Tuesday, May 22, 2012

SPOTLIGHT: The Issue of Race in Montgomery County // PLUS: MoCo Residents Fighting Affordable Housing Effort (Again)?

Maryland Juice caught an excellent article today from Center Maryland columnist Josh Kurtz. In his lengthy diatribe, Mr. Kurtz outlines how Montgomery County is an extremely diverse community -- both racially and socioeconomically. His thesis, however, is that the County's politicians are nearly all-white and oftentimes appear to be well-to-do. Kurtz discusses the political impact of this problem (excerpt below):
JOSH KURTZ: Hey Montgomery County leaders and voters: Tired of being the ATM for the rest of the state? Then it’s time to start electing a delegation to Annapolis that actually looks like the county....
The population, in the county, according to the 2010 Census count, is now majority-minority: 49 percent white, 17 percent African-American, 17 percent Hispanic, 14 percent Asian, and 4 percent who reported they were two or more races....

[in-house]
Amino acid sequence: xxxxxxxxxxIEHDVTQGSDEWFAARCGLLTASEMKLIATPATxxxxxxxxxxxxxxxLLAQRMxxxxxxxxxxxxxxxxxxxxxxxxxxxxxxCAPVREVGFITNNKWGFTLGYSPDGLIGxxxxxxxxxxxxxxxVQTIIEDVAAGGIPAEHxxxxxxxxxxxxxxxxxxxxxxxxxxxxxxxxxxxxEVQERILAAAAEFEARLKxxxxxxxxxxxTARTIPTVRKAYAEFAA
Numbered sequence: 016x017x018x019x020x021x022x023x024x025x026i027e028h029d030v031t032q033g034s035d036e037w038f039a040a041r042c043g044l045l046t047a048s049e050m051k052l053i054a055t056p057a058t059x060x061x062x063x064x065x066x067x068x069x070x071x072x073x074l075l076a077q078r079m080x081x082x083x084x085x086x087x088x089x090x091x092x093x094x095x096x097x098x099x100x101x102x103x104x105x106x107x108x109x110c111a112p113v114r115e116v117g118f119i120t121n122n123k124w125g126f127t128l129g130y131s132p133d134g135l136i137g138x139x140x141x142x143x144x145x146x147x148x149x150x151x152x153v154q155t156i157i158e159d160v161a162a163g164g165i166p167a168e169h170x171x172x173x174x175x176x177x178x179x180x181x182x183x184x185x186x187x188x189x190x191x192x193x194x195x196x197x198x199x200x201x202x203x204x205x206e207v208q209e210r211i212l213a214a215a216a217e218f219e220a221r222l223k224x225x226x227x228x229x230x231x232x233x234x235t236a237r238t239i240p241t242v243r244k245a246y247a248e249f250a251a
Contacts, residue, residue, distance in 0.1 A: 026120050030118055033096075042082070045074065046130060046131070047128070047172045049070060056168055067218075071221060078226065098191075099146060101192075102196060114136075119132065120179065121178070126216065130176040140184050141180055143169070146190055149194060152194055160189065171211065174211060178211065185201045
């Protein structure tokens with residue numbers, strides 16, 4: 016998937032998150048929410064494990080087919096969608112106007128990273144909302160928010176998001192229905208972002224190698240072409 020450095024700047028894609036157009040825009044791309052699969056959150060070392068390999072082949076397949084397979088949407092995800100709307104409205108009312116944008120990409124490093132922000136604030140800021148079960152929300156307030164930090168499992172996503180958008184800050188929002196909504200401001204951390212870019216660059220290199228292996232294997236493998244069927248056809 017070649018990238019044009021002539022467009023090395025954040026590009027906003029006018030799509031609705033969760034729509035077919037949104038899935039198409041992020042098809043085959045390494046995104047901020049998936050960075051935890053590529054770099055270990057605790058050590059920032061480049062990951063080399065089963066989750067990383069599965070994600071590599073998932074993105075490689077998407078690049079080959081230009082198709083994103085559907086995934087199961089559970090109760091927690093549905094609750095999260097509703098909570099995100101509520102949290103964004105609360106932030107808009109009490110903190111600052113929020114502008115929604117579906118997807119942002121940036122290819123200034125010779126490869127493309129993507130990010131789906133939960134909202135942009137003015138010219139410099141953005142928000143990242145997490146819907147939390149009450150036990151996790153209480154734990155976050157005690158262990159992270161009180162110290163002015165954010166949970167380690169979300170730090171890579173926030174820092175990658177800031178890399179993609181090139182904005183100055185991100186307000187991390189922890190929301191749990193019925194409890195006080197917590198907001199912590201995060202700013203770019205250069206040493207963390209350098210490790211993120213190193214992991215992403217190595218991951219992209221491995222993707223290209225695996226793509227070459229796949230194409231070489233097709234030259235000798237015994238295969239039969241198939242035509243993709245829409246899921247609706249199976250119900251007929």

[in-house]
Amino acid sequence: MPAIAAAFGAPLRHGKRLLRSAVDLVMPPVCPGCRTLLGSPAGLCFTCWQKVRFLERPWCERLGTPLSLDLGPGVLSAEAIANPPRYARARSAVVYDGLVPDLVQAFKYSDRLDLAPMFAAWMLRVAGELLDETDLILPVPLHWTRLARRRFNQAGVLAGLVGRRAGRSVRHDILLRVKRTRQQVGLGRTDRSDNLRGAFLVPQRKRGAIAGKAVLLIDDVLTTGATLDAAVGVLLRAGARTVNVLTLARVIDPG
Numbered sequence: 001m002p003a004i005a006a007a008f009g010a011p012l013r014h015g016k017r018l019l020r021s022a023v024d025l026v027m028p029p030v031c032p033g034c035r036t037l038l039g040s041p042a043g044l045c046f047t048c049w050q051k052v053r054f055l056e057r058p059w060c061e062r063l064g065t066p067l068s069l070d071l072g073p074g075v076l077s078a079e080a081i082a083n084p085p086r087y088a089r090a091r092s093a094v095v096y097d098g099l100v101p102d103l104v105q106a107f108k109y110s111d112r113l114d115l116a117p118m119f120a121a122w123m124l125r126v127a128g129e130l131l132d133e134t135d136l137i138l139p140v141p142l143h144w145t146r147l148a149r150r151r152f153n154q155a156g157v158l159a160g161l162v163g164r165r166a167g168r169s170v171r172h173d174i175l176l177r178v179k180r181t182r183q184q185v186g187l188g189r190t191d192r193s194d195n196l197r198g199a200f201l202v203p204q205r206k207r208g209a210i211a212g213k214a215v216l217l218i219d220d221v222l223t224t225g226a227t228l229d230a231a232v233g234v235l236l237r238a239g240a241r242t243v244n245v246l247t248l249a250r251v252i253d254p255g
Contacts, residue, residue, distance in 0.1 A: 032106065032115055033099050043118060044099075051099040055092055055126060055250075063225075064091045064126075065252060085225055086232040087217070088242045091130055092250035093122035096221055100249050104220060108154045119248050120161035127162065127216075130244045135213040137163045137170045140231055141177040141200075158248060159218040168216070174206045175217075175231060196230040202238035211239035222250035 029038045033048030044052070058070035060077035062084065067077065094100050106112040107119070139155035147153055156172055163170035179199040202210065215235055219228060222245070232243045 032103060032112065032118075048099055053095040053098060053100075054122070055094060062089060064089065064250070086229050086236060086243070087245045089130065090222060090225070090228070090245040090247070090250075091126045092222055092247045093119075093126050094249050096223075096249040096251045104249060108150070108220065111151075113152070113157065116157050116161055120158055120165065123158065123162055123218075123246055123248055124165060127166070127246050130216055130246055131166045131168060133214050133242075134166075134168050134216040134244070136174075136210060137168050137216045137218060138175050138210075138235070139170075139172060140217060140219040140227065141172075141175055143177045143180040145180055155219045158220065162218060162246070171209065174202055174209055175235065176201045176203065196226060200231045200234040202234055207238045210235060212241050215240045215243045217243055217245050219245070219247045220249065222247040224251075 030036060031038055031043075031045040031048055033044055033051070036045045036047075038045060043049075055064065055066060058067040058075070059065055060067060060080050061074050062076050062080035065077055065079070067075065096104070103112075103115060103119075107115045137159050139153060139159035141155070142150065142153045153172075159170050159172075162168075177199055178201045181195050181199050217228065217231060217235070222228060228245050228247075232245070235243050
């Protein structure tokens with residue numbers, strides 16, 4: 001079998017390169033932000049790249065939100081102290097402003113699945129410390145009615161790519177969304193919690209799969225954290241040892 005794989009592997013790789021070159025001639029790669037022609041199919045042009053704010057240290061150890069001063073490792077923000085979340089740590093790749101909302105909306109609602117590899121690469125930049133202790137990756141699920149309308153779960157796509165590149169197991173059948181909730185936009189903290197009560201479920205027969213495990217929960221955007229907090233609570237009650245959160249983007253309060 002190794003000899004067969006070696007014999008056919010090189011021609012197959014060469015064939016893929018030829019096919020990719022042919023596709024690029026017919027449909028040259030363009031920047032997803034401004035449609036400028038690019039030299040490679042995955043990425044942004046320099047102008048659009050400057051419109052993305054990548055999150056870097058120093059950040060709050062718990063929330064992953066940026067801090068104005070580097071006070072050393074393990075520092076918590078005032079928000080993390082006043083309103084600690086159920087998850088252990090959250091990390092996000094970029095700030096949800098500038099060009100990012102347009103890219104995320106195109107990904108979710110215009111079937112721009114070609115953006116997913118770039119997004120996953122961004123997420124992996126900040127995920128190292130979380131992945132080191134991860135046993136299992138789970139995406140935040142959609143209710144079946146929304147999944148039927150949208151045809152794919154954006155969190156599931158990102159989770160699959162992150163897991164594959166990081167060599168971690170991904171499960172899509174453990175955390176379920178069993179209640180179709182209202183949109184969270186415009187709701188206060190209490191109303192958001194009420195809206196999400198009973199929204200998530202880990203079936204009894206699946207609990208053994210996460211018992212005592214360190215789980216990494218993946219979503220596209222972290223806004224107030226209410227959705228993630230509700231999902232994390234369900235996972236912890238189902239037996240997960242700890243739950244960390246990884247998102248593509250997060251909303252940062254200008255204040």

Almost one-third of all students were receiving free or reduced meals in school – and 41 percent of the student population had received free or reduced meals at some point in their academic career....

Yet the misconception persists around Maryland that Montgomery County’s streets are paved with gold – which can be mined at will by the legislature whenever the state is in a fiscal jam....

Plain and simple, it’s hard to make the case to the rest of Maryland that Montgomery County is a place with huge swaths of poverty and innumerable needs when so many members of the delegation the county sends to the State House look like they’re fresh out of an Ivy League fraternity – and counting the days till they can run for Congress.

In the past two elections, Montgomery voters have done a decent job of clearing out some of the legislative deadwood. But they haven’t done much to speed up the dismally slow process of diversifying the county delegation.